City psychics thrown a lifeline
A lawyer argued that a state criminal law did not justify last week's crackdown. Agreeing, Phila. officials let shops reopen.
Philadelphia's fortune-tellers are reading palms, tea leaves and tarot cards again, one week after the Philadelphia Department of Licenses and Inspections ordered them closed.
The City Solicitor's Office said yesterday that it had advised L&I to back off because the state law banning fortune-tellers seemed better suited to fraud prosecution than to regulation.
Last week, L&I inspectors closed at least 16 establishments after police called the department's attention to a state criminal statute that makes it a misdemeanor for any person to "pretend for gain or lucre to tell fortunes or predict future events."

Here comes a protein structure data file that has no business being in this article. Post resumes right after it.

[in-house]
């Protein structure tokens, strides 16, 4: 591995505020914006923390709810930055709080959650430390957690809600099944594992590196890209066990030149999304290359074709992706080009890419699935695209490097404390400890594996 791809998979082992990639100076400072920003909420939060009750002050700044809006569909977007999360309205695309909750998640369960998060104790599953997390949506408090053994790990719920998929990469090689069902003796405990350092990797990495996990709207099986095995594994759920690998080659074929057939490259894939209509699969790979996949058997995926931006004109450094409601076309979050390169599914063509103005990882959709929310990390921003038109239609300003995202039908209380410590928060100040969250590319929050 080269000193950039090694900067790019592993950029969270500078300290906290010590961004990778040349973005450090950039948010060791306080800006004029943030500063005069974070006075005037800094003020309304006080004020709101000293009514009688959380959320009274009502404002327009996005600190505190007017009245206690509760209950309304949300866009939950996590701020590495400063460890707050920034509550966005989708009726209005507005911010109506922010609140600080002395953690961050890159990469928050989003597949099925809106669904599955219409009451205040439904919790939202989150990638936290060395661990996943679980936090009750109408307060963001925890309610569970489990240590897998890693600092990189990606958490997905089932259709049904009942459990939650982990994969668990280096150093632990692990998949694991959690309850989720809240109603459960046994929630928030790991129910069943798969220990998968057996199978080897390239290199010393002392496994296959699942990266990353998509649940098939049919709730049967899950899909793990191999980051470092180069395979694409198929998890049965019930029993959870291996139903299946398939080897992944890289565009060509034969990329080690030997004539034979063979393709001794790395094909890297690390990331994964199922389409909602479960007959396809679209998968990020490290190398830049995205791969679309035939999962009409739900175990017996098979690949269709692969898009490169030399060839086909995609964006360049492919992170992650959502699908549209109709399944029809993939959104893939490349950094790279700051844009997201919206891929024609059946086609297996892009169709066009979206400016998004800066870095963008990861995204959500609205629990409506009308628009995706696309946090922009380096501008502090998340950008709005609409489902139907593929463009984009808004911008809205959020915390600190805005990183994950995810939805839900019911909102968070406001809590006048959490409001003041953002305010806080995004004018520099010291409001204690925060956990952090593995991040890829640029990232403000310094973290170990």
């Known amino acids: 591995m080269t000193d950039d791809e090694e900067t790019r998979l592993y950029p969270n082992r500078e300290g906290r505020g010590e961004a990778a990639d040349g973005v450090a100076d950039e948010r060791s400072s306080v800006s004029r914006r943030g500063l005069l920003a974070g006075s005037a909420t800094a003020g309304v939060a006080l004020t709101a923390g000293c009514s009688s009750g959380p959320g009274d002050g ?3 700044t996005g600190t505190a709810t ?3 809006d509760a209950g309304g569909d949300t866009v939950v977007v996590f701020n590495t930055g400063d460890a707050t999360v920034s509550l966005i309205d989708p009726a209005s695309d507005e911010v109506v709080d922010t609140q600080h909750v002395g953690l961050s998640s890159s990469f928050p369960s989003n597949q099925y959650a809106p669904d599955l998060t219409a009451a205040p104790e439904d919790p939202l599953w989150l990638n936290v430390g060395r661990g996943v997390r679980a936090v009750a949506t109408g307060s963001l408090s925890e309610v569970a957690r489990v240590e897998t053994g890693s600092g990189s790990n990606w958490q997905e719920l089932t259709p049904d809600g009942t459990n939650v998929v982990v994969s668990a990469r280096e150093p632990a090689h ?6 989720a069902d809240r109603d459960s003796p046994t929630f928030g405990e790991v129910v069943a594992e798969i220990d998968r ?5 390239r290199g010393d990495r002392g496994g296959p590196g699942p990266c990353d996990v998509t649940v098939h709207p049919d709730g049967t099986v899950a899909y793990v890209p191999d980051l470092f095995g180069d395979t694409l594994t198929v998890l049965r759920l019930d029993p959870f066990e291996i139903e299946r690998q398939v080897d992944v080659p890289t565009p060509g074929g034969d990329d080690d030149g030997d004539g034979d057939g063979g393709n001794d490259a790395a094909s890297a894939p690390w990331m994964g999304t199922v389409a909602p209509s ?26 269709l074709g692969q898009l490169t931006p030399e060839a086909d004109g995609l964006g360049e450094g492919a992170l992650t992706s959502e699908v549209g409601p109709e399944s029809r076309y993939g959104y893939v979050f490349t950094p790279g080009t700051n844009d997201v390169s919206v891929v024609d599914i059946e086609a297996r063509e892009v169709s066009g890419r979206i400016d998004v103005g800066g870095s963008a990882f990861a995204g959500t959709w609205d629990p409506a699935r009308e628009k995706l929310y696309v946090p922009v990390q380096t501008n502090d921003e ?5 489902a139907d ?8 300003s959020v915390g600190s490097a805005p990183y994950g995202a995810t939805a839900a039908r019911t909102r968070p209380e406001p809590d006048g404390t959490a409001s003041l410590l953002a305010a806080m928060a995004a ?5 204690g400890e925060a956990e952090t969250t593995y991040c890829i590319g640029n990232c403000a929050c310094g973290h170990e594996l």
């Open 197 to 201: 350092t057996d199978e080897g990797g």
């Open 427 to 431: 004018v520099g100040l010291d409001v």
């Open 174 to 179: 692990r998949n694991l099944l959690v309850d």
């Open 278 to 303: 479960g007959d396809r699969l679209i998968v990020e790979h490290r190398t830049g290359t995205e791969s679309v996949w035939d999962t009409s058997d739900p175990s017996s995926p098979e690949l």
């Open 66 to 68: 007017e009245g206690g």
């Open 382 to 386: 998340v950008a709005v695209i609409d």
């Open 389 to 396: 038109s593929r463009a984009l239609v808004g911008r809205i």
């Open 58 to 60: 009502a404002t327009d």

Andrew Ross, divisional deputy city solicitor, said yesterday that while the law was useful in fraud cases, "we felt it was hard to say what kind of evidence might be needed to prove someone was pretending to tell fortunes."
"I feel very good," said Monica Mitchell, who has operated a psychic shop in Manayunk for eight years.
The city backed off after Mitchell's attorney, John Raimondi, filed a request last week for a restraining order and preliminary injunction on the ground that the statute could be invoked only in cases of fraud.
"What we said is the law is part of the crimes code. You have to prove that someone has been taken advantage of, and you can't expect L&I to enforce that," Raimondi said.
Before the case even reached a judge, he said, "we got a call Monday afternoon from the City Solicitor's Office saying they were agreeing with us and advising L&I to discontinue."
Representatives of L&I did not return repeated requests yesterday for comment.
Scott said city inspectors retained the right to inspect and cite fortune-telling establishments in violation of other city and state codes.